Thursday, October 4, 2012

Marriage - a Path to Holiness

Twenty Seventh Ordinary Sunday Year B

Marriage today is no longer the safe haven it once was; in fact, it is just the opposite. Where once, marriage seem to provide social, emotional and financial security, now it is a journey out to the dark, uncharted, and often troubled waters, or as I so fondly like to tell the young couples preparing for marriage – a one way ticket ride on the Titanic, without live boats. The parties  in fact leave the safe harbour of their lives as single unencumbered individuals– they leave their families, their neighbourhood, their job security, and often enough, their circle of friends – and, as a consequence, they run the risk of an expedition, with all its uncertainties and imponderables. Besides fidelity and commitment, the word ‘marriage’ in our present day has taken on such new meanings as hazard and risk.

Given the many challenges and new demands of marriage, where can couples find the necessary resources to help them weather the storms and tsunamis of troubled times as well as breathe new life into the humdrum existence of growing old together bereft of excitement and novelty? Today’s readings may prove instructive and helpful to those contemplating or preparing for marriage. Young people, who often find the greatest source of information and the accompanying values from the internet, television and movies, need to pay attention too. For couples already married, it’s never too late to sit up and take in a much needed refresher.

The readings remind us that marriage is not a human institution; it is a divinely instituted one. It is a vocation.  It is a call from God to participate in his plan for the world, cooperate in his work of creation, and share in Christ’s work of redemption through the daily living out of family responsibilities.  Too frequently, however, God is forgotten in all the busy-ness of making preparations for marriage. The couples are more concerned with the wedding dress, the dinner, the floral arrangement, the invitation cards and the wedding photos. God and the church are reduced to necessary inconveniences. Many often think that the only reason why they have to see the priest is because they want to get married in church. The Church wedding has become nothing more than a sentimental ceremony rather than a spiritual celebration of faith in God’s love. Abandoning the sacred character of marriage ultimately dooms it for disaster.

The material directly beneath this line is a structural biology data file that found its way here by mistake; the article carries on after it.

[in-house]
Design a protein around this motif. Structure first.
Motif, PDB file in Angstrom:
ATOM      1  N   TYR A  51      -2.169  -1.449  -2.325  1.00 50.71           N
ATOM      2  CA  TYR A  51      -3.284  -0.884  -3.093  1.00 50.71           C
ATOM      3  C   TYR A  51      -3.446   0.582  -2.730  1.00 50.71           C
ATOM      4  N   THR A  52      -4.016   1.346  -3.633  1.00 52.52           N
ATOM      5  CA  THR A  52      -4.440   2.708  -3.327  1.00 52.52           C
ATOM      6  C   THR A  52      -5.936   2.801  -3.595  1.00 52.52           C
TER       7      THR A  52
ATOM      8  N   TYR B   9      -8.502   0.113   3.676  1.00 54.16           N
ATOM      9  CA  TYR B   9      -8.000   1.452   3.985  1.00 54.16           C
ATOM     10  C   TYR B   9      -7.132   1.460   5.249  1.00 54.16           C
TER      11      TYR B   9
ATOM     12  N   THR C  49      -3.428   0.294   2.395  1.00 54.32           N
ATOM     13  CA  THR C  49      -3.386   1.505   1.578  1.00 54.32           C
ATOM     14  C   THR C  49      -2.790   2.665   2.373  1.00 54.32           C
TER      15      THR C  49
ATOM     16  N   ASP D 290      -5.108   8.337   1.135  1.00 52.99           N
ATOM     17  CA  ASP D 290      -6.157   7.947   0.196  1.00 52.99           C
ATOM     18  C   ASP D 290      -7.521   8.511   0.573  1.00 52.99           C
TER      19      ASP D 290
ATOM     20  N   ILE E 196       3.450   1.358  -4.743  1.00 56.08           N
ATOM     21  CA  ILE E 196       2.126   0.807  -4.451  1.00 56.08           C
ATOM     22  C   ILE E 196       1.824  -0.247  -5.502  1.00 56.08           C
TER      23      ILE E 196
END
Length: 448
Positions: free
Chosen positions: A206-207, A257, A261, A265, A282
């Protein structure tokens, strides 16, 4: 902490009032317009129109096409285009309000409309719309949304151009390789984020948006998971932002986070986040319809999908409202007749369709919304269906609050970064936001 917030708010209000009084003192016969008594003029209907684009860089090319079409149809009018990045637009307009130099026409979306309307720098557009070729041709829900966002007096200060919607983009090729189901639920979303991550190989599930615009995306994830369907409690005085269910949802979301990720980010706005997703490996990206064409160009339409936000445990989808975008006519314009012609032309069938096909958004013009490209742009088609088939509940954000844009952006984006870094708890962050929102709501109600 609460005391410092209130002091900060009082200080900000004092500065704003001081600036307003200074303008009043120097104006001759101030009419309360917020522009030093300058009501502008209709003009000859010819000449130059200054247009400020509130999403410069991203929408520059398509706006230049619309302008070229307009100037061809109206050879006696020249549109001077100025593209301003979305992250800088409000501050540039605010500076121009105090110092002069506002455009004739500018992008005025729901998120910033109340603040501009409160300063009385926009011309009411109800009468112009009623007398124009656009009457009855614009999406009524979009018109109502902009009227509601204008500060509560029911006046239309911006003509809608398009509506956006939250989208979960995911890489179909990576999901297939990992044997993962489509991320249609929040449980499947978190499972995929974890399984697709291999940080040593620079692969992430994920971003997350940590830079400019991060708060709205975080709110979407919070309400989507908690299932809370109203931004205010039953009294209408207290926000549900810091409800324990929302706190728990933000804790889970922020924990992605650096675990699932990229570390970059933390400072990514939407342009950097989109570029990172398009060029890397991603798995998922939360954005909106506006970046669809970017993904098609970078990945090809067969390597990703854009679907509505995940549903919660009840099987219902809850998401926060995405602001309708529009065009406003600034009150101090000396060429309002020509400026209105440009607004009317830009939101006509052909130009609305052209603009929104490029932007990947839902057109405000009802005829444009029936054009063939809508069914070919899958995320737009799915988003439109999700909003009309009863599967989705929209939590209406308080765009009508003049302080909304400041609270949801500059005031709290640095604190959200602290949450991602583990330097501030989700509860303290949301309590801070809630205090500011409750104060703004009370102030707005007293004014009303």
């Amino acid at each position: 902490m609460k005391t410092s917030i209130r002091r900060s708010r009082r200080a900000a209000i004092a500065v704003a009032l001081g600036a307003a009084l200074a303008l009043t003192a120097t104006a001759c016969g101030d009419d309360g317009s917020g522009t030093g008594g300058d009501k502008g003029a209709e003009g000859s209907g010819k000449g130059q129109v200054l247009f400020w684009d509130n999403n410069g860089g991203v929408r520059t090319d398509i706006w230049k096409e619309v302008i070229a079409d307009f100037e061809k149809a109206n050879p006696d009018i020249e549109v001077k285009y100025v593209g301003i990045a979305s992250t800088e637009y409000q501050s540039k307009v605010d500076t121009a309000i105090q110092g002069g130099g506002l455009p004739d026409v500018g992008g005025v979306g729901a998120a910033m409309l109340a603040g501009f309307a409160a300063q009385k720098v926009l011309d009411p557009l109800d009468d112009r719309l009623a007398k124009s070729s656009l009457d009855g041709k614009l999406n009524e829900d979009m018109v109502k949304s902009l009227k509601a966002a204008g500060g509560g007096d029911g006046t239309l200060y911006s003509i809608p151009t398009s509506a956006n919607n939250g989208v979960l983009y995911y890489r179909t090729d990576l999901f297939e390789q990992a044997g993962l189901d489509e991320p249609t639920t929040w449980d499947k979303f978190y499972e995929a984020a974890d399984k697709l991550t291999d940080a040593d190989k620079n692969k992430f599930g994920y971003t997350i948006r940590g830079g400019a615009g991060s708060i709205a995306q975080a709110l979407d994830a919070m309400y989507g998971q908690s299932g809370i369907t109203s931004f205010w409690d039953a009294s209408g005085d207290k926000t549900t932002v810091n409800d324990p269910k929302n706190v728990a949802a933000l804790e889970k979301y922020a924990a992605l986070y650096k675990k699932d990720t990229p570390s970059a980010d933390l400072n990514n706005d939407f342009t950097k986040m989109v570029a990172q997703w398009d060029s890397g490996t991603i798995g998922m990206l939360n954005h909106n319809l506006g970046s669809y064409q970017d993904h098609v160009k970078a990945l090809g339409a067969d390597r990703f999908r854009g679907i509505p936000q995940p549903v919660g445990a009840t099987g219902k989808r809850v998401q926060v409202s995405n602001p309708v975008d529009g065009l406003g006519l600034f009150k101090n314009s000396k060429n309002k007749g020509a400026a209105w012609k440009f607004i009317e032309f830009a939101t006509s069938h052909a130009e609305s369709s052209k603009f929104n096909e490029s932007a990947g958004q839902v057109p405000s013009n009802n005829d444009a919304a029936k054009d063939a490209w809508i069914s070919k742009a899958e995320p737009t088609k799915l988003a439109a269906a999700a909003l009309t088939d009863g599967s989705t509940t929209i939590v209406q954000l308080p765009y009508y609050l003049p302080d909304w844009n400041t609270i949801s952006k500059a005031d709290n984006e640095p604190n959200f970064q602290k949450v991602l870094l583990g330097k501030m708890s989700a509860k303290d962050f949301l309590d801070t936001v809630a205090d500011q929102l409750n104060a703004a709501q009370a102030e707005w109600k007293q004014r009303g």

It is easy to understand why so many have this misguided view of marriage. What we witness at every wedding may seem to be solely the actions of two human persons who wish to solemnise their love publicly through ritual and oaths. But the visible action of the couple merely veils the most important action which is invisible – the action of God. The mutual yearning for union between a man and a woman, the longing for a deep, permanent attachment, is not a mere human reality. It is put there by God as a reminder of his desire to share his own life with us and to symbolise the Christian’s longing to be with God forever. Therefore, marriage is ultimately the Work of God. Understanding marriage as primarily the Work of God does not reduce the couple into two hollow and mindless puppets. Their consent, freely given and exchanged, becomes both an act of commitment and an act of surrender to God’s Work.

Realising that marriage is as much a work of God has serious implications. Couples often attempt to ‘make’ their marriage work. They sincerely wish to be good parents and try their level best to establish a family, an environment where their children will grow up strong, courageous, possessing good moral values and be the envy of neighbours and kin. They often attempt to achieve all of these things as if God was not part of the equation. Couples and families would exhaust all possible options and resources available to them before resorting to prayer. But if marriage is the Work of God, prayer must always be a priority. If marriage is the Work of God, the greatest quality that must be possessed by these two individuals is not just parenting skills, compassion, care, forgiveness or even love. It is faith. It is faith that God will supply, make good and bring to completion the good work He has begun.